Retain Your Best: Engage, Support, Celebrate
The great resignation plaguing businesses and healthcare is devastating our schools, too. The pandemic exodus of teachers, staff, principals and district-level leaders over the past two years isn’t slowing down. The long-predicted educator shortages are here. So, what can you do to differentiate your district and retain the talent you have?
Every resignation and departure is unique. But superintendents and principals who play a purposeful role in helping dedicated teachers and staff see a future in their schools will come out ahead. Using engagement, support and celebration, school leaders can influence even the most overwhelmed or discouraged teacher or staff person to stay. So make the time to show that you care.
Engage People With Their Purpose for Teacher Retention
Engagement is at the very heart of a school system’s operation and success. Relationships between students and teachers, teachers and colleagues, leaders and staff — it’s impossible to measure all the benefits of a person who is engaged in their workplace each day.
The Kansas Teacher Retention Initiative released statewide survey results in March 2022. While workplace engagement was found to be “a significant driver of educator retention,” 46% of respondents reported being Actively Disengaged/Disengaged. Only 29% reported they were Engaged/Strongly Engaged.
“Especially after times of isolation, or even just behind face masks, it’s reasonable to consider that teachers and staff are feeling more disconnected from the people they care about at school,” said CEL vice president Janet Swiecichowski, APR. “A little extra effort to spend time in the school hallway or pop into a classroom to enjoy the learning — the things that great leaders have always done — goes even farther right now.”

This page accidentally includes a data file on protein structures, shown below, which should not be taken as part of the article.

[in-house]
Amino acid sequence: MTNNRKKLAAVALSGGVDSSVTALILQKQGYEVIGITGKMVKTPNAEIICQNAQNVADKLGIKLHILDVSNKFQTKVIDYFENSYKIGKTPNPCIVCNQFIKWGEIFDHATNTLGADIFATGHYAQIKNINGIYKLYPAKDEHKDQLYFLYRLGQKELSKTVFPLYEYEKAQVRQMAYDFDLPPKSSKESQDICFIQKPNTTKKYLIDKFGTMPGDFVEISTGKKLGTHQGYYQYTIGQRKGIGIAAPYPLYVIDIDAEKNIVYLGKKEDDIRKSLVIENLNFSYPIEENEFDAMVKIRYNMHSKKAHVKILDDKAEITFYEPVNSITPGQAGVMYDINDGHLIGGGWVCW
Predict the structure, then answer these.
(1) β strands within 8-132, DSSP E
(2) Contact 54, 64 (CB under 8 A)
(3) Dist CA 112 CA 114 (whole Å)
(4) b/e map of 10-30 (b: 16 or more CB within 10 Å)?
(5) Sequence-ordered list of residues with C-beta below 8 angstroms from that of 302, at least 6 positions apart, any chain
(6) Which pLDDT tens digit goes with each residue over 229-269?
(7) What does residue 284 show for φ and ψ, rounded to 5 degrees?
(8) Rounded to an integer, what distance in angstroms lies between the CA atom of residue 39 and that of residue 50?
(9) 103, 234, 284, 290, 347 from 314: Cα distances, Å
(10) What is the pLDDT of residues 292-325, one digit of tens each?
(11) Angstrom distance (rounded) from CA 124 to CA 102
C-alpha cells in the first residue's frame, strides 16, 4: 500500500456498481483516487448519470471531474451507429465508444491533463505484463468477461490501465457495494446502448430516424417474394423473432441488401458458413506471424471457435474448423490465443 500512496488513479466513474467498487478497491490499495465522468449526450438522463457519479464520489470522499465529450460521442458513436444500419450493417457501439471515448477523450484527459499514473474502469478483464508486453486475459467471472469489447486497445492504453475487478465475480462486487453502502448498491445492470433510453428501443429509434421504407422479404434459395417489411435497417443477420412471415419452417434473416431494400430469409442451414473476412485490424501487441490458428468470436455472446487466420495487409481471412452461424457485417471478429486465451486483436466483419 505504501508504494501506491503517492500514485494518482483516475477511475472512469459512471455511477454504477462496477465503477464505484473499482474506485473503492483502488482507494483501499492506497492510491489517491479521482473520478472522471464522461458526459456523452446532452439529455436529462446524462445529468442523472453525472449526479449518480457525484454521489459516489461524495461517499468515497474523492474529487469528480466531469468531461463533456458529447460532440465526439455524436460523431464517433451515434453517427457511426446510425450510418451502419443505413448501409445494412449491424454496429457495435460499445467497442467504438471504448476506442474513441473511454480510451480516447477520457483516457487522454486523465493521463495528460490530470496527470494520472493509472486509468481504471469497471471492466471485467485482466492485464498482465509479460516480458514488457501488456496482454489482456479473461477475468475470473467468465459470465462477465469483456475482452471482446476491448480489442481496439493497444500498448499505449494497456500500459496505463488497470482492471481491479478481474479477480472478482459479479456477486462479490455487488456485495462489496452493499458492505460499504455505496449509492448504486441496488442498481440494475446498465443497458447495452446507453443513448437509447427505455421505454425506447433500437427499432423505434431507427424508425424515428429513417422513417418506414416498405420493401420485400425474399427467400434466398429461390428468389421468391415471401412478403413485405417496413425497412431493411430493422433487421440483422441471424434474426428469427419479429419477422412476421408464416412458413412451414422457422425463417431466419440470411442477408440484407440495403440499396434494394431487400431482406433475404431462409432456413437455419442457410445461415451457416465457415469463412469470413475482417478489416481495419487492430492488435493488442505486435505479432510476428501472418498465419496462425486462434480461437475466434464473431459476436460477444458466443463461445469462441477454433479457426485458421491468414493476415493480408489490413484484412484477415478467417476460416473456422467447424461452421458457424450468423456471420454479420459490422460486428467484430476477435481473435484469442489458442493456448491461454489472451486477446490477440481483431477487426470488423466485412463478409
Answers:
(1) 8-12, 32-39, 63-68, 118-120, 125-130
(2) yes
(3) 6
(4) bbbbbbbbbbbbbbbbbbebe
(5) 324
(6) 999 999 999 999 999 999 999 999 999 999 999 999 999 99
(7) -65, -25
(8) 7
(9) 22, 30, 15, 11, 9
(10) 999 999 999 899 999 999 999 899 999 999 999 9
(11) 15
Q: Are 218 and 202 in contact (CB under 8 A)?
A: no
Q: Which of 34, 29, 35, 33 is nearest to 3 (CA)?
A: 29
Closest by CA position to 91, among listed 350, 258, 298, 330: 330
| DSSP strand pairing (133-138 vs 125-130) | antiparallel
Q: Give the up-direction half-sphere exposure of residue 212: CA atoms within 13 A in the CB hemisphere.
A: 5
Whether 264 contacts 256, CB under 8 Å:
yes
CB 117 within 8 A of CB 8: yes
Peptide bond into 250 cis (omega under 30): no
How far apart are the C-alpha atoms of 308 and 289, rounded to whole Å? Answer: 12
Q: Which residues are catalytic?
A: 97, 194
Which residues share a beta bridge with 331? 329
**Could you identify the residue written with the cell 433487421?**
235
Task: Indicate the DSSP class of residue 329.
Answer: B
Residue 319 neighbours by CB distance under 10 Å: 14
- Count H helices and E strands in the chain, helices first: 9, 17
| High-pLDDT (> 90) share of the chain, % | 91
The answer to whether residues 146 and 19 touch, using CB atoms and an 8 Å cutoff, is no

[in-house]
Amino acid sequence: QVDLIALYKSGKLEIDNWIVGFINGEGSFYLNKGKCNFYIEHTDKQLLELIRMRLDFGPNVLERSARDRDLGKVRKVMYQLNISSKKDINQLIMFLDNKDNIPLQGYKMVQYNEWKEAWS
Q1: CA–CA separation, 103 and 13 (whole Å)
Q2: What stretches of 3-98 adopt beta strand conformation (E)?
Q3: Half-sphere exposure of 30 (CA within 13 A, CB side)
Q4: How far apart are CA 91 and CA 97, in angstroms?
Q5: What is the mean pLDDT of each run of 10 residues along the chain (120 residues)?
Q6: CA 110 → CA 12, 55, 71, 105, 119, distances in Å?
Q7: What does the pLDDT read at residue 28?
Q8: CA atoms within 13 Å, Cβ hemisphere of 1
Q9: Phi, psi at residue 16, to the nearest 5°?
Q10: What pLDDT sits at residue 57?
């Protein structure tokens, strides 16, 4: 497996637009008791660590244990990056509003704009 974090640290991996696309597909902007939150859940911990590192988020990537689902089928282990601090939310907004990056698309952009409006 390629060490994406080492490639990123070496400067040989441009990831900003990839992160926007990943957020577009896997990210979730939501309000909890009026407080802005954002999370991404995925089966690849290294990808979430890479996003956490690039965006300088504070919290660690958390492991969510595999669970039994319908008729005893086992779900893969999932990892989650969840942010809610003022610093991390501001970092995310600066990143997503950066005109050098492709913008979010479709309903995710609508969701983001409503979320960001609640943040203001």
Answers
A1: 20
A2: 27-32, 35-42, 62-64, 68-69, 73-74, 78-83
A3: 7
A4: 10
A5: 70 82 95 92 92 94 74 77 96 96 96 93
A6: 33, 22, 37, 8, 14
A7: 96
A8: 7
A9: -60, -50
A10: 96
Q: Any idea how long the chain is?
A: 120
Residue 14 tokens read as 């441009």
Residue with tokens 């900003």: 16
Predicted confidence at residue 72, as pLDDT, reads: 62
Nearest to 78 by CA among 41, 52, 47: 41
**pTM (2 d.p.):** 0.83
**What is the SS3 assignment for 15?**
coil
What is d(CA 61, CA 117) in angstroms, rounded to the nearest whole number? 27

The why of a career is an anchor for educators at every level. School leaders are especially suited to helping team members recall what they love about their profession. Casually invite teachers or staff to share a memory of the brightest moments that come with students who are learning and growing before their eyes.
Consider making any of these part of your weekly routine to help your team feel seen, heard and valued. Even protecting an hour a week can pay off.
- Schedule a stop into a school each morning — before you go to the office. It probably means starting your day a half-hour sooner, but the chance to mingle with staff and others in the building is well worth the investment.
- Schedule a more coordinated visit to a school, with an open invitation to casually join you for coffee in the library and catch up before or after school.
- Start each week with a two-minute gratitude email to members of your admin team. Then ask supervisors for the name of someone who might appreciate a boost, and send a short personalized email of encouragement.
- Send a note to teacher leaders you haven’t connected with in awhile. Write a simple note of gratitude for the talent they share with students each day.
- Consider writing a note to each person in your school system over the course of a year. Organize the task by birthday, alphabet or something else, and know that a short handwritten note from the superintendent makes a difference.
- Explore the value of a closed employee Facebook group that could be used for Q&A sessions, live virtual events and invitations to share why statements and positive memories, as well as staff shout-out routines.